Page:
Few shows achieve what Big Little Lies achieved.
The HBO limited series gave us eight episodes of iconic characters, incredible performances, a mommy war for the ages, and a death hardly anyone could argue was undeserved. It ended perhaps more perfectly than any other show ever has, leaving us more than incredibly satisfied. There is nothing else we could want from those women, frolicking on the beach together, bonded by their perfect secret.
Sure, there were hints of more police investigation to come, but they were hints we do not care to take. We don't need more of this story. And yet the rumors and the questions of a season two keep going and going and going, and now there are reports that production on a second season will begin in the spring of 2018. (HBO had no comment.)
If this is a thing that has to happen, there's absolutely no need to revisit those Monterey moms. Leave them on that beach for the rest of time, but take that cast somewhere else. Turn Big Little Lies into an anthology series a la American Horror Story—same cast, same general themes, but different characters and settings each season. We'll even let Laura Dern keep her tiger jumpsuit, as long as she's wearing it somewhere else.
We could get to know some midwestern moms in a small town in Indiana or the suburbs of Chicago. Take us to the Upper West Side, or Nebraska, or even to LA and turn them into showbiz moms. There are a thousand stories to be told in a group of mothers holding onto their identities and declaring their self worth amid everyone else's expectations, a thousand stories about people who deserve a little karma, none of which will ruin what the first season gave us.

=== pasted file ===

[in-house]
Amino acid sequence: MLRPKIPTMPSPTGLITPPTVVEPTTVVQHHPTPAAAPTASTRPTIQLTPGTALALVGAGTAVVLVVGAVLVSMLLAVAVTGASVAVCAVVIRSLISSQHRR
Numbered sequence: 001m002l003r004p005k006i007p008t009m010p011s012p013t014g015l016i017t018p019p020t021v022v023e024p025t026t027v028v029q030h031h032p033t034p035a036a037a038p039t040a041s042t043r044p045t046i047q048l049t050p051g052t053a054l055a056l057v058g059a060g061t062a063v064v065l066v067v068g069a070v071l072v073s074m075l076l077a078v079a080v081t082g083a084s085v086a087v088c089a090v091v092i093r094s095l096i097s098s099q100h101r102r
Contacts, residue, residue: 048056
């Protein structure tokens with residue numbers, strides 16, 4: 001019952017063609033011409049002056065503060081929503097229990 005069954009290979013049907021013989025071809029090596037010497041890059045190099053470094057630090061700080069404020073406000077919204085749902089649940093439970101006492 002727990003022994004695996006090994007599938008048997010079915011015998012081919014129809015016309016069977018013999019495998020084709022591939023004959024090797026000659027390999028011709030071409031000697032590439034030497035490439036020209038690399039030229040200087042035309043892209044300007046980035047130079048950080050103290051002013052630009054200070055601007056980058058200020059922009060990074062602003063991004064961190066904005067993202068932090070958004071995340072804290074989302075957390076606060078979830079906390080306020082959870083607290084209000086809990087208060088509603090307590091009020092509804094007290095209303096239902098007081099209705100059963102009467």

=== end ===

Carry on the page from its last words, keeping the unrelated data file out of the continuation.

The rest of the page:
There are even a thousand potentially iconic soundtracks to accompany each of these stories, and we will buy those soundtracks. Just please don't destroy that ending.
Executive producer David E. Kelley told TVLine, "where we left it, I felt like it did open the opportunity for a lot more storytelling," but we beg of you, David E. Kelley, please rethink that statement. Or rethink what you mean by that statement. There is a lot of opportunity for more storytelling, but it doesn't have to be the same story.
Give us the David E. Kelley writing, the Liane Moriarty plotting, the gorgeous Jean Marc Valee directing. Give us every little bit of Reese Witherspoon, Nicole Kidman, Laura Dern, Zoe Kravitz, and Shailene Woodley that you can, but somebody needs to recognize the fact that the story in Monterey is over, and it's for the best.
Big Little Lies aired on HBO.